Ian Pearson: I have a lot of respect for the hon. Gentleman, who has a very long track record of upholding standards in this House, but we have departed from the ombudsman’s findings only where we have clear and cogent reasons for doing so. We have applied scrupulously the terms of the Parliamentary Commissioners Act 1967, as interpreted by the Court of Appeal in the Bradley judgment. For no other reasons have we departed from those findings. I have to say that I remain very disappointed indeed that the PAC does not appear to have understood some of the arguments that we have made to it.
Mr. Mark Field (Cities of London and Westminster) (Con): May I associate myself entirely with the words of my hon. Friend the Member for South Staffordshire (Sir Patrick Cormack)? I think he speaks for many people in the House, including many of the silent Back Benchers behind the Minister. What is the Minister now saying to all of our constituents? They are not unreasonable, and do not necessarily expect to get a share of the £4 billion that is being proposed, but are the Government simply waiting for many constituents across the country who relied on Equitable Life literally to die before there is any chance of getting any money on their behalf? Does he not find that a disgraceful state of affairs?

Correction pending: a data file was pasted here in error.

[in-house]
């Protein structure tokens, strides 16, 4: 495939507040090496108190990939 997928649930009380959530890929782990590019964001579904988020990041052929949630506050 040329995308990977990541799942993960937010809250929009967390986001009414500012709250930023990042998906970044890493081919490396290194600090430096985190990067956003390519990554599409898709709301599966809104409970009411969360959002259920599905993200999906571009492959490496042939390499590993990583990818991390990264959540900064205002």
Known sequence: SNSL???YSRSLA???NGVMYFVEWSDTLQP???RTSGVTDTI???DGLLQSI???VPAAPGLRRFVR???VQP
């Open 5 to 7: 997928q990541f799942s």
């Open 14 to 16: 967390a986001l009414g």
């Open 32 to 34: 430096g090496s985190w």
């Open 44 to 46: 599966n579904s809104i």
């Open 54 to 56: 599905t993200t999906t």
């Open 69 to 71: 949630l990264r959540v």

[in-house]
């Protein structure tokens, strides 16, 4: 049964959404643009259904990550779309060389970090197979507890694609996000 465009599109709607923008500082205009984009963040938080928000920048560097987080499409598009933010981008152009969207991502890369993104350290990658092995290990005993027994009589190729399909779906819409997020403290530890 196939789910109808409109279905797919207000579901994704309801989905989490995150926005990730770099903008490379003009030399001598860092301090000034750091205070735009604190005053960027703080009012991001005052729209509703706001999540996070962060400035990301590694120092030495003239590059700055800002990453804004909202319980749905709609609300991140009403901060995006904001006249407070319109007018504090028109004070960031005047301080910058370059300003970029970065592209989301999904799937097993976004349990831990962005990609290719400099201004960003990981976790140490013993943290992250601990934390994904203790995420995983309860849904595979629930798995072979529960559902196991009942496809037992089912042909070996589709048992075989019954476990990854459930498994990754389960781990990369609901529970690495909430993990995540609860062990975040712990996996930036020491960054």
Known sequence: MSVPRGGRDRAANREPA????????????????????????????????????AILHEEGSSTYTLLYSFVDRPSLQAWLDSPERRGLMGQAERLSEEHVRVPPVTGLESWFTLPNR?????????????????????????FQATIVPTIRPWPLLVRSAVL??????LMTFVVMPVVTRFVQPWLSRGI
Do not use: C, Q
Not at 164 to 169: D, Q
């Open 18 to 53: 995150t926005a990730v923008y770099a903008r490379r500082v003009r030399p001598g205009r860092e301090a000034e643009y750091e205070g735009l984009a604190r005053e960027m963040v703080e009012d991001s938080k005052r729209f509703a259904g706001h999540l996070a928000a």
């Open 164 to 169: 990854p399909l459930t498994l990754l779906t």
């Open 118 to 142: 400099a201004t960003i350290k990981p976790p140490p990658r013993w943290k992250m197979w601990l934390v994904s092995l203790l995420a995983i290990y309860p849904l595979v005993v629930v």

Ian Pearson: No, we are not saying that. We are saying that we want to move forward with introducing an ex gratia payment scheme as quickly as possible to help those who have suffered disproportionate impact as a result of losses through Equitable Life. We shall continue to do that. The fact that we have a disagreement with the Public Administration Committee will not deflect the Government from moving forward with all speed and providing a remedy for Equitable Life policyholders who have suffered disproportionate impact.
Several hon. Members rose —
Mr. Speaker: Order. Condemning the Minister’s reply is not what this is about—it is about asking a supplementary on the subject. I am sure Sir Nicholas Winterton will be able to do that.
Sir Nicholas Winterton (Macclesfield) (Con): I hope, Mr. Speaker, I do not let you down.
Is the Minister not aware that the way that Equitable Life policyholders are being treated is viewed—by the public, and not just the policyholders themselves—as another example of the way the Government treat people who have been responsible and prudent? Here are people who have tried to save for their retirement. The reports produced by the ombudsman have, in a way sadly, been critical of the Government, so is it not time that the Government speeded up the process to help people such as those who are losing out from virtually negative interest on their savings under the credit crunch, and to give them the benefit of their prudence and responsibility?